Monday, February 22, 2016
A Word On Growing Your Own Meat
Several years ago, chickens were the only animal we kept. We'd just moved to our first little block out of town and suddenly we had the room to breed our own chickens.
We didn't just hatch a few clutches of chicks though, we jumped in the deep end and took up the offer of a friend (whom has years and years of chicken breeding experience) to fill her incubator with eggs. We ordered fertile eggs, the beginning of our Silkie and Australorp flocks, and filled up the remaining gaps with eggs from our beloved flock of crossbreds.
I can't remember how many we actually set but we hatched out somewhere around fifty or sixty chicks.
And you know what? We named them. Every single one.
This has been the only time we've used an incubator, and it was a wonderful experience and a great way to get our chicken numbers up quickly. These days I have two Silkie flocks who are used as surrogates and hatch and raise all of our chicks. It's easier to let the mama do it herself, and watching the hen lovingly care for her brood is so enjoyable.
As the chicks grew up it became clear who would be sold, kept for breeding and raised as meat. Out of all those chicks, twelve were raised as our first table birds.
This was our first time growing our own meat. Being this in touch with where real food came from. Our first step to no longer supporting factory farmed chicken.
I'd be lying if I told you it was easy. When the day came there were tears. But for the first time ever, there was also a deep and satisfying connection with the food that was on our plates a few days later. It was the first time in my life that I'd been able to eat chicken confident in the knowledge that it has been raised without chemicals, drugs and most importantly without inhumane treatment.
I know for many the idea of raising your own meat is too confronting. And that's ok.
The thing is now, that since that first day I haven't eaten any chicken from the supermarket. The only poultry that has graced my plate as been from our own land, raised and processed by us. I still don't enjoy butchering day, but it has gotten easier and there are no more tears. It doesn't mean that I don't raise these animals with love, that I don't treat them with kindness and that I don't care for them to the best of my ability while they are here. I am aware, however, from the day they hatch which chicks are destined for the table. And I make sure I get attached to our breeders, our bantams and our retired layers, rather than the birds in the grow-out pen.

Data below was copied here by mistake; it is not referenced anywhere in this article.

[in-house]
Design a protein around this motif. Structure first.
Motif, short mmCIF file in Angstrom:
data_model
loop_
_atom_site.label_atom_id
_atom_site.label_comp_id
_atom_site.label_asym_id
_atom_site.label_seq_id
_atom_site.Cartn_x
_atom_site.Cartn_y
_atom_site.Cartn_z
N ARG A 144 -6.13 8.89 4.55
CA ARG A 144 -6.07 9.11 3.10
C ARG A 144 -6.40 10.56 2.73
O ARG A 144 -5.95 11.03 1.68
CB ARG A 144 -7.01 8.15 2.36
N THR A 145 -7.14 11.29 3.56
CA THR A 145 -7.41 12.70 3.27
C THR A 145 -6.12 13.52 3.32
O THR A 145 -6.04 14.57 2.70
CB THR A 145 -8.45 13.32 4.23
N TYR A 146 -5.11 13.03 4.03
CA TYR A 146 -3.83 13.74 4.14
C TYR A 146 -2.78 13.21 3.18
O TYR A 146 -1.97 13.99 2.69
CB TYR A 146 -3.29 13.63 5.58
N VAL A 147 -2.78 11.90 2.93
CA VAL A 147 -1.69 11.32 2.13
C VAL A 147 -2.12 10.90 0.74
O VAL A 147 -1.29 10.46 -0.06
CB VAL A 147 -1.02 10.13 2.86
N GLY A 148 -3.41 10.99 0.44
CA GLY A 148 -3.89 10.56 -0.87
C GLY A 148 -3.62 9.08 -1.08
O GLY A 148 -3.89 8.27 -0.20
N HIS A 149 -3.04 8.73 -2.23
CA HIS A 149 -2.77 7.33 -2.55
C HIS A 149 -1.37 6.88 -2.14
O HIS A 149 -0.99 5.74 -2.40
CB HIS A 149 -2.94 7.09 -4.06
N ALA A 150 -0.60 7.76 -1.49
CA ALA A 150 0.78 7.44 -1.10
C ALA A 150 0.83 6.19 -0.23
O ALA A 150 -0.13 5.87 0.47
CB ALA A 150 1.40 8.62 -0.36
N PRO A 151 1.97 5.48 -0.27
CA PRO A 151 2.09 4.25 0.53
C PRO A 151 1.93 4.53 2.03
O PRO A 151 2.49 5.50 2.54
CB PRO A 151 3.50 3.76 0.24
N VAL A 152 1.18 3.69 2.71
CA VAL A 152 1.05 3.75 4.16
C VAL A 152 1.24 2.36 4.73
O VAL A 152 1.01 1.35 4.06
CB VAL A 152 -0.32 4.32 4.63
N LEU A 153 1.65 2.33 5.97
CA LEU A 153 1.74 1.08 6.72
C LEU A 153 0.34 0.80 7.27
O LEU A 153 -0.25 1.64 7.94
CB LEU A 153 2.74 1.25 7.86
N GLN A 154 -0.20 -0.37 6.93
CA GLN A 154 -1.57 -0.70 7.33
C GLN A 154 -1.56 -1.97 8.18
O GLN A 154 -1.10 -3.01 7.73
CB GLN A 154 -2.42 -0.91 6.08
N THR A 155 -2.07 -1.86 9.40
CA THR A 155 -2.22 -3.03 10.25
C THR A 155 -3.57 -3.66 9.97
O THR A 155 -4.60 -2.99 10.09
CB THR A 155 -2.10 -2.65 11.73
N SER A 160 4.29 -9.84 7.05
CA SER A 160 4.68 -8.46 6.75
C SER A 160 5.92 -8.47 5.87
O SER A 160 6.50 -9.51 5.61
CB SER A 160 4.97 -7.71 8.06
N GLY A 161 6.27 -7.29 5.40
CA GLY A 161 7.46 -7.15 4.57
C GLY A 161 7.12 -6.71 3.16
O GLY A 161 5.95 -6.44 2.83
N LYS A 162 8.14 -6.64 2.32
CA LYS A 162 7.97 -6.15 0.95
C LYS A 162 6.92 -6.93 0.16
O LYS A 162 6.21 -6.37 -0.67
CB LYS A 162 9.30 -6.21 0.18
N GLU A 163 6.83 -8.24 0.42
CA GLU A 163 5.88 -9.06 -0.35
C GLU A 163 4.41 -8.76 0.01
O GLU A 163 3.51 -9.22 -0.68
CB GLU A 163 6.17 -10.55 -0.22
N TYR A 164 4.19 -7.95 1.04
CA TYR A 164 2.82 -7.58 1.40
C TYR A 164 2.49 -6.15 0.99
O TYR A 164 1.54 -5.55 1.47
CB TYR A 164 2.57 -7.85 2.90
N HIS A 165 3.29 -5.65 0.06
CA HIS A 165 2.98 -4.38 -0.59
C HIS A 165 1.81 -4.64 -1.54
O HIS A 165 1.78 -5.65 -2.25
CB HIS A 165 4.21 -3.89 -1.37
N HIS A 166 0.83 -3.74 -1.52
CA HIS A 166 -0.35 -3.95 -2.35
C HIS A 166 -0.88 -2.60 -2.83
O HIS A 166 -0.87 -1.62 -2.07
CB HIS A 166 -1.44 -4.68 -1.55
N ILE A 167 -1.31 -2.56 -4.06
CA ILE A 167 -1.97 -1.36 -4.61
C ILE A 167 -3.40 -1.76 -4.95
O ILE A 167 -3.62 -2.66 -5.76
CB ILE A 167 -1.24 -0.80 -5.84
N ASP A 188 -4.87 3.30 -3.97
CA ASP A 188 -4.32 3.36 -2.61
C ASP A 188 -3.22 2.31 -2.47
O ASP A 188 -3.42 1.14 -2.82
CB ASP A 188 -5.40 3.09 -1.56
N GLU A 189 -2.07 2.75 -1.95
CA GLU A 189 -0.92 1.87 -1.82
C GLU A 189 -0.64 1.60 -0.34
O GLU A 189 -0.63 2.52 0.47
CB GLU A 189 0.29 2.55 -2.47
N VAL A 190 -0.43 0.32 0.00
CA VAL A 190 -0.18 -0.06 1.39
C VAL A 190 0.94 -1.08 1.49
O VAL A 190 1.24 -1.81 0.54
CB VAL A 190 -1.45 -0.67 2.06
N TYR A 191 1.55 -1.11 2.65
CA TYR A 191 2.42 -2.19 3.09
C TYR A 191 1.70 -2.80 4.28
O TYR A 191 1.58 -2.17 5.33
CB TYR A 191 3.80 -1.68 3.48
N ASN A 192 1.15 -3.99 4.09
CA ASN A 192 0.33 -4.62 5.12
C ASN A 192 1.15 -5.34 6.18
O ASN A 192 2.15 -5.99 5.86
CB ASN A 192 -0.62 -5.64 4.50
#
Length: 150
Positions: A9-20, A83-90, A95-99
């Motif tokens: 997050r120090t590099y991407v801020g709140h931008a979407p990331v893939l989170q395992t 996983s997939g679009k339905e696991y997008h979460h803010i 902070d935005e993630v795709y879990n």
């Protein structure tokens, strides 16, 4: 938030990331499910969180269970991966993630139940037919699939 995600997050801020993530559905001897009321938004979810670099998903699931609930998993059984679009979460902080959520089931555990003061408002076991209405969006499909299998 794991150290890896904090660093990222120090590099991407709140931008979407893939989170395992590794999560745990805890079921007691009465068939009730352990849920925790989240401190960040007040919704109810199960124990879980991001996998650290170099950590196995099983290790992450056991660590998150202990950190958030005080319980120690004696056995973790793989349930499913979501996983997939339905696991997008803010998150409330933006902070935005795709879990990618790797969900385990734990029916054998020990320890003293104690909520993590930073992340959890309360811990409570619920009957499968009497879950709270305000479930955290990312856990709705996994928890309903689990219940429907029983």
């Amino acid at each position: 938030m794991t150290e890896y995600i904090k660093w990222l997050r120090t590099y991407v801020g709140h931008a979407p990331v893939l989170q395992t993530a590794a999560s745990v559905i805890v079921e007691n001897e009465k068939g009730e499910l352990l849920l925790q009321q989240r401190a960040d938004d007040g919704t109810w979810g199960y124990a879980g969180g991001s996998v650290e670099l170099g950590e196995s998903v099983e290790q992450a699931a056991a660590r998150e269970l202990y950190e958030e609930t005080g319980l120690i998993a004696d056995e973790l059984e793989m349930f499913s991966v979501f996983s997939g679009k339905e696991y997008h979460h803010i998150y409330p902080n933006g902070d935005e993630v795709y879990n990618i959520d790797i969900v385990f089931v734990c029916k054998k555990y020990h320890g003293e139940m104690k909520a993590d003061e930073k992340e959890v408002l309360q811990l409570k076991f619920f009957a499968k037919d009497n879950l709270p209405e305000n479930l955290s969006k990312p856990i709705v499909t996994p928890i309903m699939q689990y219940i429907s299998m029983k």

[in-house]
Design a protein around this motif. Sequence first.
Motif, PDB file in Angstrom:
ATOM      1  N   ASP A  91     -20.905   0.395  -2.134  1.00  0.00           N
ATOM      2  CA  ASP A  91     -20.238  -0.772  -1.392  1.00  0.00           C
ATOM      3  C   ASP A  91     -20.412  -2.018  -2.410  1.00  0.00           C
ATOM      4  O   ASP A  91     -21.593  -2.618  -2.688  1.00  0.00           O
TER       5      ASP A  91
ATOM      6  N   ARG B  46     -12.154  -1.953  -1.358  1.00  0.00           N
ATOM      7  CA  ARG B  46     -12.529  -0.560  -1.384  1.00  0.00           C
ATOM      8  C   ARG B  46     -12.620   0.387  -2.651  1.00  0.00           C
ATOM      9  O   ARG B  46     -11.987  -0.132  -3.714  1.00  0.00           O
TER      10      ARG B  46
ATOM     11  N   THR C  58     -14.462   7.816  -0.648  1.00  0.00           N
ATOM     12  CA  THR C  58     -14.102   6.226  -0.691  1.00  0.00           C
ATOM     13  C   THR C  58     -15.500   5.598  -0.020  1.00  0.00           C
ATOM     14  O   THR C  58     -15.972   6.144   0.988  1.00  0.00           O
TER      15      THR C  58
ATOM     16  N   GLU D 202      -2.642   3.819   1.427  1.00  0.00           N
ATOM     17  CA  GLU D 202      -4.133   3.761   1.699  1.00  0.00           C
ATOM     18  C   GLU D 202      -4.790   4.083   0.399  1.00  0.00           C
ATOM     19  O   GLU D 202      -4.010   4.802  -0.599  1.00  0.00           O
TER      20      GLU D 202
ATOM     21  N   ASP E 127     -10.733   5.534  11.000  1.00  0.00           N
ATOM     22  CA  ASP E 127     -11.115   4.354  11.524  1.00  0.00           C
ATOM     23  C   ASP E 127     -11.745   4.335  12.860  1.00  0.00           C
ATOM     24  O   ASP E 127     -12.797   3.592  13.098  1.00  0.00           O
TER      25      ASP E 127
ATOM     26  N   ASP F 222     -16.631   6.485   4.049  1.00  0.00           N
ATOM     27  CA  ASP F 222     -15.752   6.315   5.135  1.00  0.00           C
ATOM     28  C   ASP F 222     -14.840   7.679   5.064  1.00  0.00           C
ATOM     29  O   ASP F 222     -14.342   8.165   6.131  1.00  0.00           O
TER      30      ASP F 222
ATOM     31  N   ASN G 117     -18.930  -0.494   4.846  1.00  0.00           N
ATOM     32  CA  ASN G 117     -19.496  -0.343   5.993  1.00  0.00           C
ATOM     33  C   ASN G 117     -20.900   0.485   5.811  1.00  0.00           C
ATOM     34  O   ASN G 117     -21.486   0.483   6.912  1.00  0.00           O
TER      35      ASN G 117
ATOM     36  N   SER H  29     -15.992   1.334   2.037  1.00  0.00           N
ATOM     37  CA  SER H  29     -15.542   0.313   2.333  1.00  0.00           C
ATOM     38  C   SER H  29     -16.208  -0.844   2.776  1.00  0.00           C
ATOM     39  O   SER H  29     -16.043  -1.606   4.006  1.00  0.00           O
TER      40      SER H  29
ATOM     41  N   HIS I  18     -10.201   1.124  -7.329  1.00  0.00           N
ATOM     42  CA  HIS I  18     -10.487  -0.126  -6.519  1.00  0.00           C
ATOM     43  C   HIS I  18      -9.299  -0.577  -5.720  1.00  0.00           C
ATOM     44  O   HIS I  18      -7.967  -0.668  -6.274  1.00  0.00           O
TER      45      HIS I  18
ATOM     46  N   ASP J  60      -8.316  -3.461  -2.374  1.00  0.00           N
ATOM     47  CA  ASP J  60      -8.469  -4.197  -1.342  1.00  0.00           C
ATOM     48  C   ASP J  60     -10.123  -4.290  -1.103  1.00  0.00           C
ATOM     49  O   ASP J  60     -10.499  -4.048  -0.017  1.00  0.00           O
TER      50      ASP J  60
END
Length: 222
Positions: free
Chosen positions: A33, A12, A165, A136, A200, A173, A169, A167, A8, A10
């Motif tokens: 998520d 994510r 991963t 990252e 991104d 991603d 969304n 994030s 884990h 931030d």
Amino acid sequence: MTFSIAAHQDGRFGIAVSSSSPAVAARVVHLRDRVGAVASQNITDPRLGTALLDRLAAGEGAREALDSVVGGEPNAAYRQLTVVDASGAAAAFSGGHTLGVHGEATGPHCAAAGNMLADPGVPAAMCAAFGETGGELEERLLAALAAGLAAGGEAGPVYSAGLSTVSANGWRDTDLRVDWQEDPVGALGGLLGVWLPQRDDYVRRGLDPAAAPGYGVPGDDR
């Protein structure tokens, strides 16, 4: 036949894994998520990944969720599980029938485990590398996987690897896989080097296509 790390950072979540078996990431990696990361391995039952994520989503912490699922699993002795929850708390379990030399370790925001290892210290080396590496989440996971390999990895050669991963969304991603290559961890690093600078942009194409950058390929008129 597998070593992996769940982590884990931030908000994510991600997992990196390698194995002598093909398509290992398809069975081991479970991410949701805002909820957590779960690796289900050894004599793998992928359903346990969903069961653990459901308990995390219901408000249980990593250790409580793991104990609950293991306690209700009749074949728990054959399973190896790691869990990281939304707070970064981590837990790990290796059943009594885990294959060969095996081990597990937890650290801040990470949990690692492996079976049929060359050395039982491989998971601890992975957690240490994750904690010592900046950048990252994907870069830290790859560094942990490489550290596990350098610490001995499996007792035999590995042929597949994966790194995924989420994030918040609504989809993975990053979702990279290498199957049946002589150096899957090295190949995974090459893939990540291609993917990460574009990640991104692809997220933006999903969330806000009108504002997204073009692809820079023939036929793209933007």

I am so grateful that we have been given the opportunity to raise our own meat. In this day and age you're privileged to have this close a connection with your food. (And that's really sad).
With raising your own poultry comes a new way of approaching food too. You really are going to adopt seasonal eating. The time span for getting that bird onto the table is quite long, compared to the amount of food you end up with.
It takes three weeks for the eggs to incubate, then depending on the breed those birds won't be ready for the table for anywhere between six and twelve months. Doing this has given me a greater appreciation for poultry. It has become a treat, and suddenly we use the entire bird, rather than just eating thighs or wings. Even when we roast a chicken, the bones and scraps are then returned to the pot the next day and made into nourishing bone broth.
There have been time where we've had heaps of chicken to eat. And there have also been times (like now) where I haven't eaten chicken for months. Usually we try to keep a steady supply up but after having to wait for our new pullets to start laying, combined with some other things that prevented a lot of time being devoted to breeding chickens this spring, we've been chickenless for months. That's just the way it seems to roll when you decide to do things yourself.
Sometimes it's great, and sometimes it's annoying but mostly it's good.
I'd love to know your thoughts on raising your own meat.
Have you ever done it? Do you ever plan to?
Let me know!
PS Kate wrote an excellent post a few years ago: Chicken - A Vegetarian's Perspective
And Tricia wrote an excellent article: Understanding The True Cost of Cheap Food
PPS I've been questioning myself on writing a post like this for some time. And now it comes to publishing it, I just want to say that I understand some of you may not like the idea of either eating animals, or eating those that you have raised yourself. I value your feedback, thoughts and opinions but please don't leave any nasty comments or take offence at what others might have to say. I believe everyone is free to make their own choices and I hope you think so too. Feel free to comment anonymously if you prefer.
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